What the Flock!
It was time to get on the internet and get some materials for the next stage, this is where I quickly realised how expensive the materials for model making were, I bought some small items (literally!) to get the feel for the scale and experiment with.
This is when Mel The Terrain Tutor came in, and I began creating my own flock and foliage using sawdust, fish tank sand, and a sponge.
I looked at making a static grass applicator but did't have the time or budget to make one never mind buy one, so I went for the super budget version and a balloon rubbed on my jumper, I experimented with PVA glue on a plastic tray, I put blobs of PVA on the tray and chucked some static grass at it, then waved my static charged balloon over it, looks OK and will do for now, cheap and cheerful.
I gathered up the sawdust from the table saw and used acrylic paint to colour it, left it to dry for a couple of days then sieved it into 3 different sizes.
I took some fine light sand out of my aquarium and after mixing it with acrylic paint I aggressively dried it on top of the wood-burner.
I then shredded a sponge with my drill and wire brush and once again coloured with acrylic paint, then air drying for a few days.
Garden earth and leaves collected from the garden baked and sieve graded into 3 sizes completed the terrain material creation.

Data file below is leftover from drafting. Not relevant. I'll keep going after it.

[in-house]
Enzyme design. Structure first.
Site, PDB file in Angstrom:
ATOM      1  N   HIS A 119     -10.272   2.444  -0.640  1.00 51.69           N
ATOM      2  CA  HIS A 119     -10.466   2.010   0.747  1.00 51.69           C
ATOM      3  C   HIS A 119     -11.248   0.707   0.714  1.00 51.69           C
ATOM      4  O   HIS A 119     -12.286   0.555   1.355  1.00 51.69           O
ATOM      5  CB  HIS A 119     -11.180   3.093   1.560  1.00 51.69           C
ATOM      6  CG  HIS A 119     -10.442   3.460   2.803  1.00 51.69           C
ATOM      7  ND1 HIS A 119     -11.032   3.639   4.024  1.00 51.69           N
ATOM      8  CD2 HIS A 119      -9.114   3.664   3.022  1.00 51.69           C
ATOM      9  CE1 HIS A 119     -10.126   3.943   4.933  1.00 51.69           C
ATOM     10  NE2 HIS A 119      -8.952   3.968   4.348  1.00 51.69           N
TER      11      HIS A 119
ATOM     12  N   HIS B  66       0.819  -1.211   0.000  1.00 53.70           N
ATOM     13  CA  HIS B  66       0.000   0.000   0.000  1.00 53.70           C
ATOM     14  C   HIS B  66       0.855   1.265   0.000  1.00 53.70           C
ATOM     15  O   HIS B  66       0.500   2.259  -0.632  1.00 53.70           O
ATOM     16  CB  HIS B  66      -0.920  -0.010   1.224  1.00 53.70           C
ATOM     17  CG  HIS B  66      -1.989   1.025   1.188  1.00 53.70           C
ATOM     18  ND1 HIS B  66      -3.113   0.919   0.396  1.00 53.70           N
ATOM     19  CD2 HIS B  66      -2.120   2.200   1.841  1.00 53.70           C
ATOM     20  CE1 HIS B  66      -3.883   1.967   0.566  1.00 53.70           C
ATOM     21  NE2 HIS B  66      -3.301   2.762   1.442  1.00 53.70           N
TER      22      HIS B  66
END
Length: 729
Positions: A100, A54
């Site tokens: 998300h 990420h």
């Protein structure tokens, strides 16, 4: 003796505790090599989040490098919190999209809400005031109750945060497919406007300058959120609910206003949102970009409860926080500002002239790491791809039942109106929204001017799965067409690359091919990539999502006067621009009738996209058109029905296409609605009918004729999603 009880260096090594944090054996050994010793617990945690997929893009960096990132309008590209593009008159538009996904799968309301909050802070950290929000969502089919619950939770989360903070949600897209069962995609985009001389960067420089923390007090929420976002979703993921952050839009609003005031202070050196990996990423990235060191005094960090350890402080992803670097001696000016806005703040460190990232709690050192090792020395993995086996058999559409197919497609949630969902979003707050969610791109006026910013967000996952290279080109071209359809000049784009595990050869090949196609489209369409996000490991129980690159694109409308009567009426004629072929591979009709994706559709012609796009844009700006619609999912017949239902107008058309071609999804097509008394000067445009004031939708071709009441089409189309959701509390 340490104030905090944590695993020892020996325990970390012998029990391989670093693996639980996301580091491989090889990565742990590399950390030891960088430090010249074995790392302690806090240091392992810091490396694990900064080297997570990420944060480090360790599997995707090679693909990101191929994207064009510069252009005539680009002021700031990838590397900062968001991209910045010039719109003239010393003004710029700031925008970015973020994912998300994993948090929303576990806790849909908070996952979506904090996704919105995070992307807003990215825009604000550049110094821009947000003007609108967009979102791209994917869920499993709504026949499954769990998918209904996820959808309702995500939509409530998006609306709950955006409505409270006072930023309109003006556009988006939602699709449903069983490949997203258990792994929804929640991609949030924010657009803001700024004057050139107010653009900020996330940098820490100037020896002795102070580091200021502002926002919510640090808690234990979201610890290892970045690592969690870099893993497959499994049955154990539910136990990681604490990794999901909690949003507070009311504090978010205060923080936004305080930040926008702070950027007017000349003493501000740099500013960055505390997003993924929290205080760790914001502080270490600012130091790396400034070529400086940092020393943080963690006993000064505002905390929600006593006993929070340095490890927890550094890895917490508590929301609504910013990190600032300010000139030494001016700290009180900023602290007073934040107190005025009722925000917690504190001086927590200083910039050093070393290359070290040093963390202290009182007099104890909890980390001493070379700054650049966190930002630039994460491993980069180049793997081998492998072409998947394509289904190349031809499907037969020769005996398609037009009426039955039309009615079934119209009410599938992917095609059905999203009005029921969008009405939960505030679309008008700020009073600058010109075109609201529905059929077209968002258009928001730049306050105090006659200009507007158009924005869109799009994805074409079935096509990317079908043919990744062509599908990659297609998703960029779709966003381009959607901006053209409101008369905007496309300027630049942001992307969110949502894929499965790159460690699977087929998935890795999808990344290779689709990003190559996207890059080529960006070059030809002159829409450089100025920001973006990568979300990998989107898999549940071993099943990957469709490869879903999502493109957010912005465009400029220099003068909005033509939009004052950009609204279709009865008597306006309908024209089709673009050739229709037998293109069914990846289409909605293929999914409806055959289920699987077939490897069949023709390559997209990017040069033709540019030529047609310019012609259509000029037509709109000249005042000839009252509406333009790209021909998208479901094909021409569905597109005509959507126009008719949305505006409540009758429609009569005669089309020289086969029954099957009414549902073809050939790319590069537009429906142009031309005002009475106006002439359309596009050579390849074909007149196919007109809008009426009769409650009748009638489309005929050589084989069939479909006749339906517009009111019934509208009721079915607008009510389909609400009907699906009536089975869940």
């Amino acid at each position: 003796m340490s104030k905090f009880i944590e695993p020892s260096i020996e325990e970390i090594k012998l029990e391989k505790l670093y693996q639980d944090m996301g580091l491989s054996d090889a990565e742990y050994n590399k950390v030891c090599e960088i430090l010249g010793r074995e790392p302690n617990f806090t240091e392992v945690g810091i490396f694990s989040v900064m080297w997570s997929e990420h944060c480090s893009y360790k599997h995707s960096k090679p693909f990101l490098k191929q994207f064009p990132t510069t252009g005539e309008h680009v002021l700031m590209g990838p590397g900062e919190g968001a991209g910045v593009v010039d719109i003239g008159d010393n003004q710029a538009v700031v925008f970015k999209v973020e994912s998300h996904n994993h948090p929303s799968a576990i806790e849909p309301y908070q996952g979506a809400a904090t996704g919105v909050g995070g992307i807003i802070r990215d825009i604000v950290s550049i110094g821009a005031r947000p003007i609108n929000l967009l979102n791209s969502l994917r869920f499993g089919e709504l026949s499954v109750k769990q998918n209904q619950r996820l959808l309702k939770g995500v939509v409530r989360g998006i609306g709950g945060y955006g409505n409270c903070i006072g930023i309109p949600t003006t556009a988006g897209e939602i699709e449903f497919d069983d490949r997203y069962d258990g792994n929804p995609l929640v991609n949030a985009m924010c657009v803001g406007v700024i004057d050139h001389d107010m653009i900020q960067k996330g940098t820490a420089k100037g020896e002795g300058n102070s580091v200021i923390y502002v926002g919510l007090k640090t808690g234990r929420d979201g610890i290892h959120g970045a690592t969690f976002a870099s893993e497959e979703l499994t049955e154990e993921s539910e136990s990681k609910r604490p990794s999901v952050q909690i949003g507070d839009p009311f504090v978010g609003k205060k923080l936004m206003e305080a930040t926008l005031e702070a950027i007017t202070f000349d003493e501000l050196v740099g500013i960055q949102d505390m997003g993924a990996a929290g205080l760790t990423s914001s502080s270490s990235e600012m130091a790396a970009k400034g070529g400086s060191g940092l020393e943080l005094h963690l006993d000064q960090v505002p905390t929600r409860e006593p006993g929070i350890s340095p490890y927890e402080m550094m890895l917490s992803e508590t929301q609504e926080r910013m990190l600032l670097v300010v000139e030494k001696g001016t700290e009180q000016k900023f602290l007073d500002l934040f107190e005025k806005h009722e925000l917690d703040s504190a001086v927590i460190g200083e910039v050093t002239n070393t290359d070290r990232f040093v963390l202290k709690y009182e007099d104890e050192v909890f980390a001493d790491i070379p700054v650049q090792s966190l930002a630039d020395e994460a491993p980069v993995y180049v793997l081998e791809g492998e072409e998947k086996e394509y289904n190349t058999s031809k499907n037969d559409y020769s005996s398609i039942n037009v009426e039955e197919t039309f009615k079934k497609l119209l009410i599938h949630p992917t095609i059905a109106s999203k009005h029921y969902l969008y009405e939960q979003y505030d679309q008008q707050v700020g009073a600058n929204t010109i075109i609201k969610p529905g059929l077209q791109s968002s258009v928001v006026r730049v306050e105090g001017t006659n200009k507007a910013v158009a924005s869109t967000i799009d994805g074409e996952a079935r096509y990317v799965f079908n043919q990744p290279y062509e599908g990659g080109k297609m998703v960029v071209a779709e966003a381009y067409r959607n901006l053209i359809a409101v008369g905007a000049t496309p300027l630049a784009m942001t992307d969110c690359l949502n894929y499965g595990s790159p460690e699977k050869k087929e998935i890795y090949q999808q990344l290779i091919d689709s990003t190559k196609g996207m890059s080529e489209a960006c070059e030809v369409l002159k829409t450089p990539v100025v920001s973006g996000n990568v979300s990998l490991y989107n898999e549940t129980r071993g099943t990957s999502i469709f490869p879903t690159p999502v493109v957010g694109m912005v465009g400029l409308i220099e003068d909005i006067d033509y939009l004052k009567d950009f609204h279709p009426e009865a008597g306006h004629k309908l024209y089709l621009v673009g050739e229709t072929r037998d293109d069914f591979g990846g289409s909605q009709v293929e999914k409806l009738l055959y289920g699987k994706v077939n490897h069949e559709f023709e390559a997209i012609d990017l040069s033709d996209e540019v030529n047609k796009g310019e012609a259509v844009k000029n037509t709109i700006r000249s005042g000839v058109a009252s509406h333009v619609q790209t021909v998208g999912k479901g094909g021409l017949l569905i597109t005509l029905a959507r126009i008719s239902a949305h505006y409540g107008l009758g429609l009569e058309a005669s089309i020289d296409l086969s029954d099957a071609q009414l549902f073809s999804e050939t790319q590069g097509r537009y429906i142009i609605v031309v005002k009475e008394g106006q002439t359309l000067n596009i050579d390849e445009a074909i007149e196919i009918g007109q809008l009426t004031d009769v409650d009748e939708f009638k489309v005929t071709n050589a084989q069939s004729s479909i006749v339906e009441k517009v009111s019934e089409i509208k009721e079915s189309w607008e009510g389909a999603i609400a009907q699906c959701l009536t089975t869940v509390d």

The grout rock tunnel structure was painted brown then the LED's soldered and sunk into the tunnel roof, later after rigging up a 3v tester from two AA batteries I realised that the LED's were blue, can live with it as it was the only long nose LED's I had, plus they were soldered and embedded in place at this point. These were linked together by the -ve terminal and each with a tail back to the control box area in the tunnel hill centre.
Having being gifted a kitchen table I test fitted the terrain and measured the overall height. I had to cut the corners of the board base to accommodate the leg brackets of the table.
Stairway to Heaven!
My attention turned to the buildings that we want for the layout, a Station is a must, once again I printed, cut out and assembled the building using scalescene kits. These are pretty detailed and take a lot of time and patience to build, but really satisfying to complete, the stairs and roof trusses on the station look awesome, there is a good chance a casual admirer would not notice, but a nice touch if you take the time to try to see through the windows. More buildings to follow.
The station was mounted on a bit of plasterboard that happened to be the right thickness for the platform, having finally bought the extra track needed.
The next stage is to run all the wires for LED's, Servo's and track bus back to the control box area ready for fitting the hardware.
Now that the electronics hardware has been confirmed, I've been able to update the code bases to better reflect the hardware we'll use. You can see my code on github
The main changes on the Arduino/Teensy side have been to support the i2c PWM boards, as well as the Neopixel RGB strip. Instead of stripping out and re-writing from scratch I took the classes I had made for the placeholder hardware and added support for the new additional hardware. This means that my local test piece still works but I can easily change the code over to the new hardware once I get it up and running.